Council budget approved after heated debate

A lengthy and sometime lairy debate ended with the Labour administration at Northumberland County Council getting its budget for next year approved.

Thursday, 2nd March 2017, 8:49 am
Updated Friday, 24th March 2017, 10:00 am
County Hall, Morpeth, headquarters for Northumberland County Council.
County Hall, Morpeth, headquarters for Northumberland County Council.

The proposals, which will see £6million of revenue cuts in 2017/18 as well as £380million spent on capital projects, was signed off by the full council.

The total spending on capital projects over the next three years up to 2020 is more than £1.1billion.

The authority agreed in February 2016 to raise council tax by 1.99 per cent – the maximum without holding a referendum – again this year, while the council will also accept the Government’s offer to increase council tax by an additional three per cent for use on social care - a total of 4.99 per cent.

And while there was plenty of opposition, there was only one successful change to what was proposed – a stalling of the proposed £8.5million to the Alnwick Garden.

Earlier this month, the budget was introduced with a video highlighting some of the council’s aims and achievements – from investing in new schools and leisure centres to building new affordable homes, repairing flood damage and finding new sources of income, notably the development company, Arch.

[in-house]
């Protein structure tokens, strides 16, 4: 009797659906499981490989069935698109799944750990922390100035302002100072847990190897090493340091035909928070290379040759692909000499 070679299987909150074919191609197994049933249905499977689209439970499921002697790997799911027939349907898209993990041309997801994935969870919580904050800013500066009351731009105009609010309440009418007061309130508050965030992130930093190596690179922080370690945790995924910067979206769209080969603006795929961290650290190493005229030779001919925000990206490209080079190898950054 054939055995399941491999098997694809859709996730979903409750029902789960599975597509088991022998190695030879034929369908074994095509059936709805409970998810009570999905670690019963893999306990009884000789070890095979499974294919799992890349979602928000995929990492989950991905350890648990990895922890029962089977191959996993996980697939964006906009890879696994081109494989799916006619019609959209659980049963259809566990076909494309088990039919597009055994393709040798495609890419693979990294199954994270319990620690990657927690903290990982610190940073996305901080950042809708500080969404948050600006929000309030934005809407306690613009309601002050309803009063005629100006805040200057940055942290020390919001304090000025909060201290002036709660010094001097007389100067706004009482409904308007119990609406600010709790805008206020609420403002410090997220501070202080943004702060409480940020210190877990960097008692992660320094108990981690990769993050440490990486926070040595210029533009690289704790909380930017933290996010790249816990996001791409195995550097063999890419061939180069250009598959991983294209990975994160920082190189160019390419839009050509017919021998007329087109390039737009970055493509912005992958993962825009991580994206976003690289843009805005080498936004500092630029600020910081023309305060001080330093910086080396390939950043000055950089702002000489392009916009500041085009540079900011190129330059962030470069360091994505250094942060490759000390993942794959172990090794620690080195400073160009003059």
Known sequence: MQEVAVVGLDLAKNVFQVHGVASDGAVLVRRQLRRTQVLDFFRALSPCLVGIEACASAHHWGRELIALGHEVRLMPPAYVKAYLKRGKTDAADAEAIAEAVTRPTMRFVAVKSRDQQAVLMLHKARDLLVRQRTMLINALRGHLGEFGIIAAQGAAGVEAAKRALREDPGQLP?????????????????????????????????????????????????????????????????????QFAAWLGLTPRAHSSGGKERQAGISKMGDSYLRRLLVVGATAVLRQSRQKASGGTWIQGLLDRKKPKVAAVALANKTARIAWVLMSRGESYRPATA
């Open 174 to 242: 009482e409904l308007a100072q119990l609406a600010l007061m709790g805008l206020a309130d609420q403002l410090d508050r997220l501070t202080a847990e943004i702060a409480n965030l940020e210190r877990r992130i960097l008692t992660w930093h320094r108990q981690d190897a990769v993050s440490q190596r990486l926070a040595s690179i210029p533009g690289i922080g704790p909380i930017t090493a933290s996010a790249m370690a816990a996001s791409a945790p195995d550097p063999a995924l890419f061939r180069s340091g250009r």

But Lib Dem leader Jeff Reid questioned why the video didn’t have anything about the £6million cuts, the £20million cuts to come after that or the five per cent increase in council tax.

“You are not focused on the right things,” he said. “It’s diversion tactics from what’s really in here (the budget).”

Conservative group leader, Peter Jackson, accepted there were capital projects his group supported, but added: “It is quite clear that the enormous and increasing debts which have been built up over the last four years are the root cause of most of our problems,” he said, before going on to lambast Arch, which has ‘gone far beyond its original remit, becoming a virtual hedge fund, speculating many millions of taxpayers’ money on highly risky propositions’.